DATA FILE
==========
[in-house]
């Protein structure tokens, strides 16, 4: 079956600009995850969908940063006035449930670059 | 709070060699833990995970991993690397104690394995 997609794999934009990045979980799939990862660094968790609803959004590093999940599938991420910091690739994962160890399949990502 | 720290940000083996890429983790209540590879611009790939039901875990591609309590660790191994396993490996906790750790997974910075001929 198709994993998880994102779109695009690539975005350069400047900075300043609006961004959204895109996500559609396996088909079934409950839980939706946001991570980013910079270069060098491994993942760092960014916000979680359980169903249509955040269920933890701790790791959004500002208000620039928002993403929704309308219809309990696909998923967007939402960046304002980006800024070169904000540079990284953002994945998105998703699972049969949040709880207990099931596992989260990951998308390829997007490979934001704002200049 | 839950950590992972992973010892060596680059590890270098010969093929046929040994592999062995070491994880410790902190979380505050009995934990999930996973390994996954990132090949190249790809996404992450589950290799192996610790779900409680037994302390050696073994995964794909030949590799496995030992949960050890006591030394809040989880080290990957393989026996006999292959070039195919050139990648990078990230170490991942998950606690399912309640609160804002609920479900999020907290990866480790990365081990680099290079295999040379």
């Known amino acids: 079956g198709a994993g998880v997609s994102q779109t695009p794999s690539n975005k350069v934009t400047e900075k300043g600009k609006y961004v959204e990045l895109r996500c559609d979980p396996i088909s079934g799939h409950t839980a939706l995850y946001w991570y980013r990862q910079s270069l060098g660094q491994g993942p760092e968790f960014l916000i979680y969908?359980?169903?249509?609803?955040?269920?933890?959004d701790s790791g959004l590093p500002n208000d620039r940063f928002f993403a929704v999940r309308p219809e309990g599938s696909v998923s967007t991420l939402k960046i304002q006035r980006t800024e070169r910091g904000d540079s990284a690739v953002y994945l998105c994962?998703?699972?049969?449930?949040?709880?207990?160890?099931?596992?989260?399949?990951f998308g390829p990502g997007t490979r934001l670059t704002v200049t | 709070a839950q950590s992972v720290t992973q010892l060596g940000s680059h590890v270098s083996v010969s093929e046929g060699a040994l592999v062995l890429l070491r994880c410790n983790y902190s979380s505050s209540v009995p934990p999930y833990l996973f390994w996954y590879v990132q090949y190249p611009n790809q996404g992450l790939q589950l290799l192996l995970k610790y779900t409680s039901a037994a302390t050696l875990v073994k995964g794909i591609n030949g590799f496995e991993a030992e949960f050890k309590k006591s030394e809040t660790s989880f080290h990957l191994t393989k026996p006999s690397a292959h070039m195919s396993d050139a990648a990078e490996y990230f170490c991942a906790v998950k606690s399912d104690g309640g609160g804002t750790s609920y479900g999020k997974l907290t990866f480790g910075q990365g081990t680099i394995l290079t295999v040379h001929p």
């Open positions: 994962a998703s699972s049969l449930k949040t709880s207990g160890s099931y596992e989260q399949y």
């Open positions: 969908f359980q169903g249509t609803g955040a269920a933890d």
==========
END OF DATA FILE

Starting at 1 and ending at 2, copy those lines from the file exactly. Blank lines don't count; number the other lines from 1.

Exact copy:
[in-house]
């Protein structure tokens, strides 16, 4: 079956600009995850969908940063006035449930670059 | 709070060699833990995970991993690397104690394995 997609794999934009990045979980799939990862660094968790609803959004590093999940599938991420910091690739994962160890399949990502 | 720290940000083996890429983790209540590879611009790939039901875990591609309590660790191994396993490996906790750790997974910075001929 198709994993998880994102779109695009690539975005350069400047900075300043609006961004959204895109996500559609396996088909079934409950839980939706946001991570980013910079270069060098491994993942760092960014916000979680359980169903249509955040269920933890701790790791959004500002208000620039928002993403929704309308219809309990696909998923967007939402960046304002980006800024070169904000540079990284953002994945998105998703699972049969949040709880207990099931596992989260990951998308390829997007490979934001704002200049 | 839950950590992972992973010892060596680059590890270098010969093929046929040994592999062995070491994880410790902190979380505050009995934990999930996973390994996954990132090949190249790809996404992450589950290799192996610790779900409680037994302390050696073994995964794909030949590799496995030992949960050890006591030394809040989880080290990957393989026996006999292959070039195919050139990648990078990230170490991942998950606690399912309640609160804002609920479900999020907290990866480790990365081990680099290079295999040379």